All Things Batman v Superman: An Open Discussion (TAG SPOILERS) - - - - - - Part 307

Discussion in 'Batman v Superman: Dawn of Justice' started by Thread Manager, Mar 4, 2017.

  1. Dr. From parts unknown

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    A familiar, recurring thought experiment: what if Jesus came to Earth now? This scenario has actually been the basis for more than a few novels and movies. And typically what happens is that Jesus and his message are greeted with suspicion, cynicism, repudiation and even violence. IOW, it’s pretty much the same reaction as the first time. :word: Needless to say, such “elseworlds” tales don’t function as criticisms of Jesus; they’re indictments of us, of humanity. Therefore, these stories tend to be plot driven - about the implications of the central premise - rather than an in-depth character study of the protagonist.

    In my view, BvS is conceptually analogous. It asks the question “what if Superman were real?” and then explores the real-world reactions to having a god-like entity in our midst. Ultimately - and much like Jesus - we reject/destroy the thing that might have saved us.

    Now, obviously, this isn’t exactly “feel good” material. And on that basis, it’s seen as antithetical to a true/idealistic representation of Superman. Alternatively, some accept that this is a worthy storyline; but we could have used a more traditional Man of Steel sequel (or two) before diving into the heavy stuff. But there are those who actually liked the movie (they do exist) - and were receptive to a more philosophical deconstruction of the mythos, the “beautiful lie.”
     
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  2. TheVileOne Registered

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    Superman isn't Jesus.

    The DCU Universe isn't the real world, nor is this movie, despite it's poor attempts.
     
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  3. MaceB Registered

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    he’s a magic man that comes to earth. The parallels do exist.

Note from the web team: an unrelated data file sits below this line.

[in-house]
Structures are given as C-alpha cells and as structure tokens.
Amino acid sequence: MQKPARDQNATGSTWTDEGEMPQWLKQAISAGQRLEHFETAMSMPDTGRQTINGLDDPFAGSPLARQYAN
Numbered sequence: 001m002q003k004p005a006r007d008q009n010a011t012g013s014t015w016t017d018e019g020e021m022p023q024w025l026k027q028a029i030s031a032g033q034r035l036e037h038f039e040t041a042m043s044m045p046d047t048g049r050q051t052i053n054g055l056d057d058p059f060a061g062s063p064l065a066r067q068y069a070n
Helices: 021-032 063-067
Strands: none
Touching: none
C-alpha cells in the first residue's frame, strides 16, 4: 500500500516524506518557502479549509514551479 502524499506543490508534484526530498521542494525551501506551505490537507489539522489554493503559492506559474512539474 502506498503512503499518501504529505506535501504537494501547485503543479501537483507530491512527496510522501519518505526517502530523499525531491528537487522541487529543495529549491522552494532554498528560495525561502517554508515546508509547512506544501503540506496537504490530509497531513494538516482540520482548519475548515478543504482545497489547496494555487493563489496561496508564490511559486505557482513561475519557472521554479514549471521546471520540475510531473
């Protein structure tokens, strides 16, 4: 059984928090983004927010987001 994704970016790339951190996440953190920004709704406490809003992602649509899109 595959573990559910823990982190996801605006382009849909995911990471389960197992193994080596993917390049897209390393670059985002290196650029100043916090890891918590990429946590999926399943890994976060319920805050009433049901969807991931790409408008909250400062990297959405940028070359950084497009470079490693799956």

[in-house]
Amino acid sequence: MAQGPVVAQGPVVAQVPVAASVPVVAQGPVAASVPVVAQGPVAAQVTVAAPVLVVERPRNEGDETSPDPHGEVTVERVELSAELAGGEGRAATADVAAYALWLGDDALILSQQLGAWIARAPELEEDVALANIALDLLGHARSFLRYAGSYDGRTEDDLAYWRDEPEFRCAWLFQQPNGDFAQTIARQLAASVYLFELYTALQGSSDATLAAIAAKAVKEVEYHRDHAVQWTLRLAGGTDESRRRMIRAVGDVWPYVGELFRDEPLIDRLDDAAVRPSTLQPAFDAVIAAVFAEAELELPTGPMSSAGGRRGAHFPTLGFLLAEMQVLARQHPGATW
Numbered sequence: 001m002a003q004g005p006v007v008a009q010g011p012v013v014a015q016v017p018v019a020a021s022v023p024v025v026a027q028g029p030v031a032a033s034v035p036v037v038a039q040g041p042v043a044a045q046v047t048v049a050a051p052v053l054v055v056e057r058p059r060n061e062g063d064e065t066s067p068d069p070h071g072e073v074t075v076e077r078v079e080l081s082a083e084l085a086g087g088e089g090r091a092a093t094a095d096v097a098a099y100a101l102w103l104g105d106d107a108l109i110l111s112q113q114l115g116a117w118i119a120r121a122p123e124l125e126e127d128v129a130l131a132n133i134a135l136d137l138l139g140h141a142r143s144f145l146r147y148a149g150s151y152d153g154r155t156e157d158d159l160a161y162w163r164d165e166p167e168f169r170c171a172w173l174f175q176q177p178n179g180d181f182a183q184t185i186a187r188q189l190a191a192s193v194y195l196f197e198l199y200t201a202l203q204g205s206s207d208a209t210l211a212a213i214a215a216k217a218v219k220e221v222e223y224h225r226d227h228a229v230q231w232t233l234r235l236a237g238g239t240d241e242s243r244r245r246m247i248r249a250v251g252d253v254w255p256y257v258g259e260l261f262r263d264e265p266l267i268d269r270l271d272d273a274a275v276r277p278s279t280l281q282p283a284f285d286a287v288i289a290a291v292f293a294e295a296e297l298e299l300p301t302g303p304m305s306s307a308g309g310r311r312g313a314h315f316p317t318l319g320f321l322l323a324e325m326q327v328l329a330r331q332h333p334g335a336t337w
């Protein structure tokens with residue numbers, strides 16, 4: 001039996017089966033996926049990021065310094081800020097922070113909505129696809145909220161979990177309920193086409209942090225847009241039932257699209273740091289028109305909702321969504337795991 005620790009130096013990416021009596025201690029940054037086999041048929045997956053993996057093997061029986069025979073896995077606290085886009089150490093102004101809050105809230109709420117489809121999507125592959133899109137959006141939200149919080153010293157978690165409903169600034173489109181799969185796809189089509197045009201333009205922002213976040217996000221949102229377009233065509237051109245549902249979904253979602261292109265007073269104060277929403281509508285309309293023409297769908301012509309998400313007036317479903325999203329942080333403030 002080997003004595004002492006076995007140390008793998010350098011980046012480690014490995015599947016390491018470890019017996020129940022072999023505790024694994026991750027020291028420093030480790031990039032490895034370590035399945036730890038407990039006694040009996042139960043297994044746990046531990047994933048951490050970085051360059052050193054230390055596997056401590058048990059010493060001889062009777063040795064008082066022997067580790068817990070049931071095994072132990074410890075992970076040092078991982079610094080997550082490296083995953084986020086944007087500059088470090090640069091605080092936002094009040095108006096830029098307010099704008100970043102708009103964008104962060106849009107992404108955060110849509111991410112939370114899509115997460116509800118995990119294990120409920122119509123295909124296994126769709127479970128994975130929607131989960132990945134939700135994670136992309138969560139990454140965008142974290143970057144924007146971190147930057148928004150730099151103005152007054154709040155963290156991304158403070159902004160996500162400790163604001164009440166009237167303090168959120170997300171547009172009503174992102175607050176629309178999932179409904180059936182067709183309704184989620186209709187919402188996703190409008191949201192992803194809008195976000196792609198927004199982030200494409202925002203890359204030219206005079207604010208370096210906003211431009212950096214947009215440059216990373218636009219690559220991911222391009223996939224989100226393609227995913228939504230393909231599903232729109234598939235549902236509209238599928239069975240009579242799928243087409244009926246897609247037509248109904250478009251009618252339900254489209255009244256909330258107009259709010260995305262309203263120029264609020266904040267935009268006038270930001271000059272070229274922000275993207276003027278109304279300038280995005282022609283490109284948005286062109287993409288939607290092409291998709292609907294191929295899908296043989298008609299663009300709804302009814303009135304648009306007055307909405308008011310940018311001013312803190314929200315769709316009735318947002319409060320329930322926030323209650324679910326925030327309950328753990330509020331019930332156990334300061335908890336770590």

Realism usually helps viewers buy into the drama. A more grounded take on the character is what the fans wanted. Batman v. Superman was not a great movie, but I don’t blame Snyder for trying to ground Superman in the real world. It was a matter of time. It’s sad To me how territorial fans get about Superman. It’s this impulse to not change a thing that makes Superman such a tough character today.
     
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  4. TheVileOne Registered

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    Jesus was a pacifist and the son of god. Superman is an alien who punches people. Sure there are parallels. But this isn't Passion of the Christ. And then you can't expect an audience to feel heartbroken or sad about Superman dying when you never actually start to like or sympathize with him as a character. He doesn't even look like he wants to help people. He looks sad about it. He looks sad that everyone's always questioning him.

    Unlike the comics, Superman does think he's a god, and it makes him unhappy. In the comics, the thought of him being a god doesn't occur to him. He doesn't think of himself that way. First and foremost he's a hero. He's the person that runs to danger when others run from it. He's the person that stands in front of the weak and innocent no matter the cost, no matter the outcome. That's what it means to be Superman.

    The problem with calling it a grounded movie is that characters don't act in a grounded, realistic way.

    If it was grounded, Bruce hearing Martha isn't going to stop him from wanting to kill Superman.
     
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  5. MaceB Registered

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    I agree that Snyder didn’t do a good enough job of bringing out our Clark’s character. And he is sad... it makes sense that he’d be sad. Superman is not allowed to show emotions?

    the idea that Clark or the Earth would not see Superman as a possible god is silly. Of course they would. Such things do t need to be brought up in cartons, but in a live action film... you’d better address the elephant in the room. It’d be silly not to.

    I think Superman is the guy who rushes in too. I just wish authors would give us a better reason why than ‘well he was raised on a farm” Snyder tried to give context to Superman’s good deeds. He tried to answer the question ‘why.’ That’s a good thing IMO.

    I agree that the character motivations in the movie were poor. The Martha moment.... ehhh.... it was fine in concept. Just executed poorly.
     
    #1155 MaceB, Jun 15, 2020
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  6. TheVileOne Registered